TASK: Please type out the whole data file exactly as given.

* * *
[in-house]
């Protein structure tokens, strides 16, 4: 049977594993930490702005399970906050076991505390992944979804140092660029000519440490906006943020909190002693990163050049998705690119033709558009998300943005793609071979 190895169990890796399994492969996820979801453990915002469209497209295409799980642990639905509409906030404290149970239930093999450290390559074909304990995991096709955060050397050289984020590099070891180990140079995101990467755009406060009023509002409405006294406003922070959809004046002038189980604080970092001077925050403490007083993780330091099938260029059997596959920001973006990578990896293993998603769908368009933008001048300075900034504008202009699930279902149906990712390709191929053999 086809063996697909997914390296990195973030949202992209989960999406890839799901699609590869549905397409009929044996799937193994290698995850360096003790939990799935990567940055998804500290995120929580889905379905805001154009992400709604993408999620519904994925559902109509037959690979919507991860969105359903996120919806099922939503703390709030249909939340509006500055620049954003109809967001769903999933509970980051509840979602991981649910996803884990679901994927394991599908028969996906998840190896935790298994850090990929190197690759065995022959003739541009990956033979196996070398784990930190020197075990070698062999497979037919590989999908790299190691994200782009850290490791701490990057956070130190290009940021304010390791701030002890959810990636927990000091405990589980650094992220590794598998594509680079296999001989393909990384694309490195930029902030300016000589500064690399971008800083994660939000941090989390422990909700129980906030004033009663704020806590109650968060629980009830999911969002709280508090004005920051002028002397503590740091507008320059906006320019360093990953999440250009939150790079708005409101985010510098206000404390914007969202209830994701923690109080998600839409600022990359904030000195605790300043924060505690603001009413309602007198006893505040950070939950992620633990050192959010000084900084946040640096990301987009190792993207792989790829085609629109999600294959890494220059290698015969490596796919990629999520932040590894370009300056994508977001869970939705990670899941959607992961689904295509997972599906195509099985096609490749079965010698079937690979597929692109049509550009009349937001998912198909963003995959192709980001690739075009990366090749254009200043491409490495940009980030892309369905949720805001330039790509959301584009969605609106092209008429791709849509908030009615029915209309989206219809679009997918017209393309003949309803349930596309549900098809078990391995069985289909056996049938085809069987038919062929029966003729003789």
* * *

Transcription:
[in-house]
């Protein structure tokens, strides 16, 4: 049977594993930490702005399970906050076991505390992944979804140092660029000519440490906006943020909190002693990163050049998705690119033709558009998300943005793609071979 190895169990890796399994492969996820979801453990915002469209497209295409799980642990639905509409906030404290149970239930093999450290390559074909304990995991096709955060050397050289984020590099070891180990140079995101990467755009406060009023509002409405006294406003922070959809004046002038189980604080970092001077925050403490007083993780330091099938260029059997596959920001973006990578990896293993998603769908368009933008001048300075900034504008202009699930279902149906990712390709191929053999 086809063996697909997914390296990195973030949202992209989960999406890839799901699609590869549905397409009929044996799937193994290698995850360096003790939990799935990567940055998804500290995120929580889905379905805001154009992400709604993408999620519904994925559902109509037959690979919507991860969105359903996120919806099922939503703390709030249909939340509006500055620049954003109809967001769903999933509970980051509840979602991981649910996803884990679901994927394991599908028969996906998840190896935790298994850090990929190197690759065995022959003739541009990956033979196996070398784990930190020197075990070698062999497979037919590989999908790299190691994200782009850290490791701490990057956070130190290009940021304010390791701030002890959810990636927990000091405990589980650094992220590794598998594509680079296999001989393909990384694309490195930029902030300016000589500064690399971008800083994660939000941090989390422990909700129980906030004033009663704020806590109650968060629980009830999911969002709280508090004005920051002028002397503590740091507008320059906006320019360093990953999440250009939150790079708005409101985010510098206000404390914007969202209830994701923690109080998600839409600022990359904030000195605790300043924060505690603001009413309602007198006893505040950070939950992620633990050192959010000084900084946040640096990301987009190792993207792989790829085609629109999600294959890494220059290698015969490596796919990629999520932040590894370009300056994508977001869970939705990670899941959607992961689904295509997972599906195509099985096609490749079965010698079937690979597929692109049509550009009349937001998912198909963003995959192709980001690739075009990366090749254009200043491409490495940009980030892309369905949720805001330039790509959301584009969605609106092209008429791709849509908030009615029915209309989206219809679009997918017209393309003949309803349930596309549900098809078990391995069985289909056996049938085809069987038919062929029966003729003789």